education

Recent data shows more Illinois students are taking Advanced Placement tests.  

The classes and accompanying exams can help them earn college credit.  The State Board of Education is working to ensure more low-income and minority students take the tests, and spokeswoman Jackie Matthews says the effort is going well.  

"The State Board is moving some unused federal funds directly into the AP test fee program to keep the fee for low-income students at $15 per tests, to make sure these tests remain accessible to all students."  

Normally, it cost $93 for each exam.   

"A Teacher's Library" by Flickr User Angie Garrett / (CC X 2.0)

An Illinois House committee has cleared a proposal that would require public universities to admit first-time freshman applicants who finish with a GPA in the top 10 percent of their high school's graduating class.

The News-Gazette reports that the House Higher Education Committee passed the bill Wednesday despite opposition from the University of Illinois and the Illinois Board of Higher Education.

WVIK

An Illinois legislator is calling for free tuition at state universities.

With the pile of unpaid Illinois bills topping $10 billion, Rep. Will Guzzardi, D-Chicago, acknowledges it’s not a short-term goal.

“But, I want that to be the guide star. I want that to be the objective that we work toward,” he said. “And this year, I want us to pass something that’s going to make college a little more affordable and reduce the burden of debt on working families.”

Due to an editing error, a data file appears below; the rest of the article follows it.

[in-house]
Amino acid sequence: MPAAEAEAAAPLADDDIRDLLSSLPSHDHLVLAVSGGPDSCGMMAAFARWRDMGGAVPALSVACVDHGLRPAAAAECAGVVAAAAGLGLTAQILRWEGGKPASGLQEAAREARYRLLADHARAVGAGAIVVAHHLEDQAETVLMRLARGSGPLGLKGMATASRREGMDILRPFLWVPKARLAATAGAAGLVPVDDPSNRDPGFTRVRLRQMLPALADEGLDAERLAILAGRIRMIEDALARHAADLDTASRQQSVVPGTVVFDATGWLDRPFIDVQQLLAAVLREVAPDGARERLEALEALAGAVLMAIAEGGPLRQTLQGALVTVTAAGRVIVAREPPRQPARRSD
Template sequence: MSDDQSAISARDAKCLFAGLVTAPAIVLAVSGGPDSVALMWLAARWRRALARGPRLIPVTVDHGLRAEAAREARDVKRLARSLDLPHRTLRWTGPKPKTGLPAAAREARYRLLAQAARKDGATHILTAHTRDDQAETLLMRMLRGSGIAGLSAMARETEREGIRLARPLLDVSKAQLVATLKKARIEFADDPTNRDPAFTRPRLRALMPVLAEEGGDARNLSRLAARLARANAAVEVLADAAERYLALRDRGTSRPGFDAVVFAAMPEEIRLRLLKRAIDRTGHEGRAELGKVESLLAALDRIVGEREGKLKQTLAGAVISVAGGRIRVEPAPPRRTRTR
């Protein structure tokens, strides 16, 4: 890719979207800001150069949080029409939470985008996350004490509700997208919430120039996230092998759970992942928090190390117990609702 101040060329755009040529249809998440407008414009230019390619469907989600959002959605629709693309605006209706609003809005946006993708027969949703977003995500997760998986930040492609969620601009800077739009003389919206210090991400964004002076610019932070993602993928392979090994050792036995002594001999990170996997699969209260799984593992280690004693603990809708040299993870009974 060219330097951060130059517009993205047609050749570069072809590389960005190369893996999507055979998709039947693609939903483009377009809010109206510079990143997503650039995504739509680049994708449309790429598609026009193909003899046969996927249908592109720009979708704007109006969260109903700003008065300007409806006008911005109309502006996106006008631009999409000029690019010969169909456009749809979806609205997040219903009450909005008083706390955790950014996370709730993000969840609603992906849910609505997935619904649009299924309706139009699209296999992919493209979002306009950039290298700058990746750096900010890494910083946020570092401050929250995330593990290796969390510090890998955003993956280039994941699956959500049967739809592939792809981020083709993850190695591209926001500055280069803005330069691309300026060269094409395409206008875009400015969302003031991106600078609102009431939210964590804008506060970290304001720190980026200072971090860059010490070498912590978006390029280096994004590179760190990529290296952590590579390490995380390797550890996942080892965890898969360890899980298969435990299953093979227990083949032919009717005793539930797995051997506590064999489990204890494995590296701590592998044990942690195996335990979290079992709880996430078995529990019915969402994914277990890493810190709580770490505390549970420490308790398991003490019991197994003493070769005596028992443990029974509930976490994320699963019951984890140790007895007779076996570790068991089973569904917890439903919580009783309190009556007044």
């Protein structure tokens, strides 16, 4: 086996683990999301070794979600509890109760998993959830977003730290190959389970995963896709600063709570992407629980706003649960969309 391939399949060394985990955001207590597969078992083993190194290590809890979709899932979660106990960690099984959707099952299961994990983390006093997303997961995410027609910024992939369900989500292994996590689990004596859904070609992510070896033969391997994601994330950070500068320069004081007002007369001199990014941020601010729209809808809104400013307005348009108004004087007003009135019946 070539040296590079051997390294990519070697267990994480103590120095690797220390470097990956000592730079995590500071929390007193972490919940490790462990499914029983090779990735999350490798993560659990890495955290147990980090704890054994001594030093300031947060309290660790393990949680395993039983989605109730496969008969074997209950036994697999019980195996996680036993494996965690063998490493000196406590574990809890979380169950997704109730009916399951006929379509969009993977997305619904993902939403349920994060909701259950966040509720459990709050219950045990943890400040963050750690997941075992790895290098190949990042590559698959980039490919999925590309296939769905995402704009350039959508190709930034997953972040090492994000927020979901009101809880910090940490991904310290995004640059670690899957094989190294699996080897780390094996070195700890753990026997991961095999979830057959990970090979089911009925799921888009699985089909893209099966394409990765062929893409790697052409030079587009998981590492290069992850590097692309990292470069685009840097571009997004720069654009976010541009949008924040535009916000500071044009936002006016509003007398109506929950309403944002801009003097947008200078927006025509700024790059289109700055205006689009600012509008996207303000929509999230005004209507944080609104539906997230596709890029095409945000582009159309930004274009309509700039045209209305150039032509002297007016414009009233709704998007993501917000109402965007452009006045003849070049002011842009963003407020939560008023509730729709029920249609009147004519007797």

He declined to give any specifics on what that “something” might be.

"IMG_4491" by Flickr User alkruse24 / (CC X 2.0)

A survey of Illinois public school districts finds administrators are scrambling to find substitute teachers for as many as 600 classrooms a day.

The review of 400 districts that the Illinois Association of Regional Superintendents of Schools released Tuesday reveals that teachers call in absences more than 16,000 times per week. Administrators have trouble finding enough people to fill in for nearly 20 percent of them.

Jeff Vose is association president. The regional superintendent for Sangamon and Menard counties says stricter licensing requirements are to blame.

mhec.org

Illinois Board of Higher Education Director James Applegate has announced he will be stepping down from his post next month.

Applegate announced his resignation in IBHE's bi-weekly report Friday. He says he will be leaving to ``pursue other opportunities to serve American higher education.''

The 65-year-old began working with the state in February 2014. He made $200,000 per year in his position as executive director.

In the newsletter, Applegate noted achievements during his tenure, which he says include raising grant funds to support college readiness and access.

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